Once the loan is “posted”, you have 14 days to cancel the whole thing.  If you don’t get 100% of your loan funded (I was told by support, however, that if all your verifications clear you have a 90%-95% of someone investing the balance of your loan at that time) you have the option of backing out.

Let’s talk rates.  My husband and I are paying off 4 credit cards, all with varying amounts, but the interest rates were 13.24%, 19.9%, 22.24%, and 28.75%. We were literally drowning in interest. Paying more than $400 a month in credit card payments receiving almost HALF of that in interest charges every month.  Going nowhere fast.

Now we are the happy payers of our monthly Lending Club personal loan, at a rate of about $368 a month for 3 years.  The rate is only between 6-7% and we know exactly what we will pay in the long run. And there is no fee for prepayment. The monthly payment is automatically taken out of your checking account so no worries there!

All in all, I think it is a wonderful service thus far.  Going to the bank was going to be a daunting task for me as I was unsure about my credit.  But my credit was fine, and Lending Club support was understanding, and now we’re progressing to a better financial situation. What a great week :)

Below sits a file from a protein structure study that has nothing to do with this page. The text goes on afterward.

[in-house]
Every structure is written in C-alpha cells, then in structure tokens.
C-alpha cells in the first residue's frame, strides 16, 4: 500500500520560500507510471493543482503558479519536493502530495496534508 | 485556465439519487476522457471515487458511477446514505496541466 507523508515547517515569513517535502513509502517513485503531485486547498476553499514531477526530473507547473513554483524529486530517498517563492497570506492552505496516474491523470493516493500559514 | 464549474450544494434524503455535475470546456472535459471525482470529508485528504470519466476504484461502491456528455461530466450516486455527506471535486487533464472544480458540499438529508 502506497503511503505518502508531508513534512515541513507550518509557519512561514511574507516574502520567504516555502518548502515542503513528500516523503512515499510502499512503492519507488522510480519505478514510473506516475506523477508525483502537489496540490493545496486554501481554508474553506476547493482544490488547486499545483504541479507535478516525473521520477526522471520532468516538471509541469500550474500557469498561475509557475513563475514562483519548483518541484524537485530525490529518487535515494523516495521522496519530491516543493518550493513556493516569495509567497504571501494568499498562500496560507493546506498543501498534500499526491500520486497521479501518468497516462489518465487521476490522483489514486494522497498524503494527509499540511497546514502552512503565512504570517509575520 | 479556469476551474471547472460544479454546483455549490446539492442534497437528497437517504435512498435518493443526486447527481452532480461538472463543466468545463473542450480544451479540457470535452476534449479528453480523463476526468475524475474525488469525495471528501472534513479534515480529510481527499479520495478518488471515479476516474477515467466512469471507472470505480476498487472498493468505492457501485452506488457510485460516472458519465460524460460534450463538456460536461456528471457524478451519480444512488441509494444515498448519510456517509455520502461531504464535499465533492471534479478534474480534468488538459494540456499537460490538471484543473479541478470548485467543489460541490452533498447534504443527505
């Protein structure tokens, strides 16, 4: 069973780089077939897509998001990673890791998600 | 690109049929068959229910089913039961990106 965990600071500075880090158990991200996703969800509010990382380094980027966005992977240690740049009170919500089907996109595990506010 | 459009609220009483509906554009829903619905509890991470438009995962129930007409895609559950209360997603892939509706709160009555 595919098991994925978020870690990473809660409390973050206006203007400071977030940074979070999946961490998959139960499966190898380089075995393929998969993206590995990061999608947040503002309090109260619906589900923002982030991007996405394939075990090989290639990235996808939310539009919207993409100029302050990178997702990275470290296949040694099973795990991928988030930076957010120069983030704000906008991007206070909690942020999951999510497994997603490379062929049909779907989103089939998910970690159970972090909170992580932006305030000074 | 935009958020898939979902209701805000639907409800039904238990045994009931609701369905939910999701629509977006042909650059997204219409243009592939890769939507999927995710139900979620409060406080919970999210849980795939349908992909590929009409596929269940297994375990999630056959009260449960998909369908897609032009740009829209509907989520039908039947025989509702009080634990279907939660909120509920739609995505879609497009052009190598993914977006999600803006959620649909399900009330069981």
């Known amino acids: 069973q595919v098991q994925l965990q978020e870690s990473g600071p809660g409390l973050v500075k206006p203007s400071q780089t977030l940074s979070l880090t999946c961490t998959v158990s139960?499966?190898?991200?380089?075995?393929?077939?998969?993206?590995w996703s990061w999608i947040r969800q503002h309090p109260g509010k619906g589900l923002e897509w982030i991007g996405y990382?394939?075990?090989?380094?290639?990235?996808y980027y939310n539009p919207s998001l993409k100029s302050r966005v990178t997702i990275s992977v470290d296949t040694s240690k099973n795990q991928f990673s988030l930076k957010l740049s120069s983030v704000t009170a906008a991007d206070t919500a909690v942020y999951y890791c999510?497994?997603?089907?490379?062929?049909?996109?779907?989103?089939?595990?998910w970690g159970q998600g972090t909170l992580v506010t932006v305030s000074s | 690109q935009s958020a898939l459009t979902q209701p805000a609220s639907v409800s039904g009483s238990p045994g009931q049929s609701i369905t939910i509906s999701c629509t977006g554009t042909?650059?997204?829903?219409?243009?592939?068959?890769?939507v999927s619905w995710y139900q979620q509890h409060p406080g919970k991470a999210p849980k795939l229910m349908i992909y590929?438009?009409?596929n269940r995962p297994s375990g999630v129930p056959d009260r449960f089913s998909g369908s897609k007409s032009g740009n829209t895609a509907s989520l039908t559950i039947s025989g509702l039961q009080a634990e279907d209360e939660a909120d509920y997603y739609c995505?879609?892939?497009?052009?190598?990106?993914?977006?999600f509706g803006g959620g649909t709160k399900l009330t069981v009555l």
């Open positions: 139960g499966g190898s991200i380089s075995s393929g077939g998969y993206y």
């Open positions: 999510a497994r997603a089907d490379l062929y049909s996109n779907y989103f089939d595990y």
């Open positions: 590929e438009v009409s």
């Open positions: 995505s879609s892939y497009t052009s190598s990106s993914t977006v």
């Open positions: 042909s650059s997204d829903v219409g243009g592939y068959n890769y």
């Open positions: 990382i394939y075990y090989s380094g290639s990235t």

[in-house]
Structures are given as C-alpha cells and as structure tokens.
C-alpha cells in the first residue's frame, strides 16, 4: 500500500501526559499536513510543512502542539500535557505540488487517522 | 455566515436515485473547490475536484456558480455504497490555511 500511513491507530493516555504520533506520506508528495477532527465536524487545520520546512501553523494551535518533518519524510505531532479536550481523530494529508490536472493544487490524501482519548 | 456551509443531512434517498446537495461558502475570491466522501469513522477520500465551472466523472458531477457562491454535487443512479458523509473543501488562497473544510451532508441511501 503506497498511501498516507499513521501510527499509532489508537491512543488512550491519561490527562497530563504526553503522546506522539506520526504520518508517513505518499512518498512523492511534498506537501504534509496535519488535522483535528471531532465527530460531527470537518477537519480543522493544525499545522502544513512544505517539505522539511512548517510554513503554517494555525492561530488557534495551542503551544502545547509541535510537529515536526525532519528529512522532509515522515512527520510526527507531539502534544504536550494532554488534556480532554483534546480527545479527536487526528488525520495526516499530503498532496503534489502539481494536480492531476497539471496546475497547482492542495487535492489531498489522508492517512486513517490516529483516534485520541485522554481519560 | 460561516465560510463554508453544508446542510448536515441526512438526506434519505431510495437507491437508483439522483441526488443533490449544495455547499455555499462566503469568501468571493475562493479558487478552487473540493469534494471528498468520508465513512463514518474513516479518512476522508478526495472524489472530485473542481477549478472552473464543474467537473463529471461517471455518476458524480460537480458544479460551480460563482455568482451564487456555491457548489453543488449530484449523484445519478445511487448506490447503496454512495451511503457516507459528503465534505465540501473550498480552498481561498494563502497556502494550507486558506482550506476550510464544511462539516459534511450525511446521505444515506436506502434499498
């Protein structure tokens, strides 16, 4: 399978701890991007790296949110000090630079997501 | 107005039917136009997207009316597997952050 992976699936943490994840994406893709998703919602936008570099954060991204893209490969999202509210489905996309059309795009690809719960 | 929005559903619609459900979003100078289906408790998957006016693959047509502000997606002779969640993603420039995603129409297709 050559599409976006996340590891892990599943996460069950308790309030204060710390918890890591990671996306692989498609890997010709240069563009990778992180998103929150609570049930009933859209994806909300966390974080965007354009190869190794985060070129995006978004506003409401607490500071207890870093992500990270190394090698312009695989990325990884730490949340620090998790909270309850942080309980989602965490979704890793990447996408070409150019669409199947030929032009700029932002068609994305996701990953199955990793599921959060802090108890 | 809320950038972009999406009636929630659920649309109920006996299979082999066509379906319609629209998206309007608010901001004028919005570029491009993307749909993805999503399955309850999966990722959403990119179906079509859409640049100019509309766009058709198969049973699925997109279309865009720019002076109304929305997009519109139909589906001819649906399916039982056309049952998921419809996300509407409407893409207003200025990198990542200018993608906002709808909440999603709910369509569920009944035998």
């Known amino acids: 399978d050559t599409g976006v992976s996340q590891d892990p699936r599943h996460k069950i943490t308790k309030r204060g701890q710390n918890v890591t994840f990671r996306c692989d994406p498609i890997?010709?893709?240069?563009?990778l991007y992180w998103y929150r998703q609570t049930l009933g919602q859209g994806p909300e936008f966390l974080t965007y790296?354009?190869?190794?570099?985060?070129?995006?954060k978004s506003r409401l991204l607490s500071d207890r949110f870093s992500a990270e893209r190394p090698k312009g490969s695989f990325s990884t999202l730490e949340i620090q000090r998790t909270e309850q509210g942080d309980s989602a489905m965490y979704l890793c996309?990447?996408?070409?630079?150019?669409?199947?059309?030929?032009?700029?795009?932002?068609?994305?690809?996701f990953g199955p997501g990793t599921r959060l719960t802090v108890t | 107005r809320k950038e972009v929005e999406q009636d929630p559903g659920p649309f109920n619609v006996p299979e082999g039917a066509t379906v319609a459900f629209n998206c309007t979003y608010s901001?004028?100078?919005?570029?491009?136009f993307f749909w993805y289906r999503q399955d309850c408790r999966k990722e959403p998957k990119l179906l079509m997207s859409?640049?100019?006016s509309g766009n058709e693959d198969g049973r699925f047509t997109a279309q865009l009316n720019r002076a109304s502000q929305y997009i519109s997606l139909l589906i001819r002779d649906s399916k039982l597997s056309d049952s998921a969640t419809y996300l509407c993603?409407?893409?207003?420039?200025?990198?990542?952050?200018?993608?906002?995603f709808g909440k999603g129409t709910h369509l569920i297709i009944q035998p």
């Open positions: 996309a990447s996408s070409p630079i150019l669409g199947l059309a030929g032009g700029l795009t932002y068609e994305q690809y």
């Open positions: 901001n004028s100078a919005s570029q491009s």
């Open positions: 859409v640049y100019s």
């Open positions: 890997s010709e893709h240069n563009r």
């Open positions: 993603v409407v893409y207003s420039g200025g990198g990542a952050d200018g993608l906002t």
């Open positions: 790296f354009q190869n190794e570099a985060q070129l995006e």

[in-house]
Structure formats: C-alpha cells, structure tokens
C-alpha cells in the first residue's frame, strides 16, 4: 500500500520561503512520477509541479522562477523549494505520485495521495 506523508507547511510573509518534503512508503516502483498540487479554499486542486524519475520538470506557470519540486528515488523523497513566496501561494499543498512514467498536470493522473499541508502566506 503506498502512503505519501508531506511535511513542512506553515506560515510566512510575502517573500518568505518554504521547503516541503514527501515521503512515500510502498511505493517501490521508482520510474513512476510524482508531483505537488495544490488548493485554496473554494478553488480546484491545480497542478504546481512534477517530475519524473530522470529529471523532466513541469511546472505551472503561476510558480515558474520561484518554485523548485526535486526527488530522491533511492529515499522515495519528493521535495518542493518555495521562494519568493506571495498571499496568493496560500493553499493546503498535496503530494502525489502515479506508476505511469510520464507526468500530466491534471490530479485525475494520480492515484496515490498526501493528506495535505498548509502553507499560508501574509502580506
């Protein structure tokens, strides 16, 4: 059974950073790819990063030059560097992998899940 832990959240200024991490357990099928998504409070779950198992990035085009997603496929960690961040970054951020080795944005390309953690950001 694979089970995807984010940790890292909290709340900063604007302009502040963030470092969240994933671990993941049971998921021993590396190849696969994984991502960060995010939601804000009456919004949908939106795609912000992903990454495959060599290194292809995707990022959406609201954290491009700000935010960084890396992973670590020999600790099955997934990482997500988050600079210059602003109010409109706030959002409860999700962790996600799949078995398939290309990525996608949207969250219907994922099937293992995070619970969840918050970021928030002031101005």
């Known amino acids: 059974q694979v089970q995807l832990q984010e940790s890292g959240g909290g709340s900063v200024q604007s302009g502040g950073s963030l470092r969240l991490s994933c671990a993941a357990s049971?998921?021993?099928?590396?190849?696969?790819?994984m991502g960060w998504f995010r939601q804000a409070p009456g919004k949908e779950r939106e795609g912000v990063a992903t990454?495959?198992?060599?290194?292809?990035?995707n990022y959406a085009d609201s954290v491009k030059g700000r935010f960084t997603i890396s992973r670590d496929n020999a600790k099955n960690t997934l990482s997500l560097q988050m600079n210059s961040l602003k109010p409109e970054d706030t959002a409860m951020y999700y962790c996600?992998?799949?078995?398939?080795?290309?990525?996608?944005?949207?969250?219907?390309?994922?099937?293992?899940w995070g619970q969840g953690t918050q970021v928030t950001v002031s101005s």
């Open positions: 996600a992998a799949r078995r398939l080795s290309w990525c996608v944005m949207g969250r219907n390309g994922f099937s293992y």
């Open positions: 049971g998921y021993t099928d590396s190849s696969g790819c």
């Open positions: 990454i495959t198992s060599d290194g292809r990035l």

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Creating New Budgets on

About two months ago, my husband and I decided to go back to, in my words, in an account aggregator.  I tell it all about my personal accounts online (I pay everything online, anyway), and it tells me where the money is going.  We first left it because I thought it was kind of shady.  All that information sitting there in one spot for anyone to get at.

But when it came down to it, I missed the service, and it has bank level security, and I watch my accounts for irregular charges anyway… so here I am again.

We took some time to create some budgets last night.  You can create a budget for any spend category – groceries, entertainment, anything!  We’ve used the “cash only” method to pay for things in the past but have started using our debit card again because it is easier to track where the money goes with

Yup, that’s right.  It is July 9th and we are already more than halfway through the grocery and restaurant budgets.  Seeing this chart when I login to the system everyday will definitely make me more accountable.  Maybe we can tough it out and still meet the budgets this month!  I see this really helping our spend situation.

If you’re a user, simply click on their ‘Budgets’ tab and begin adding a new budget for each area you spend on every month.  We’ve got a whole litany of them!  Most of my bills are paid later in the month, so that’s why my Student Loan and internet bills all say $0 above.

>> What’s even better? When you exceed a budget, makes sure you know about it and makes the bar in the graph RED!  Bad budget exceeding people!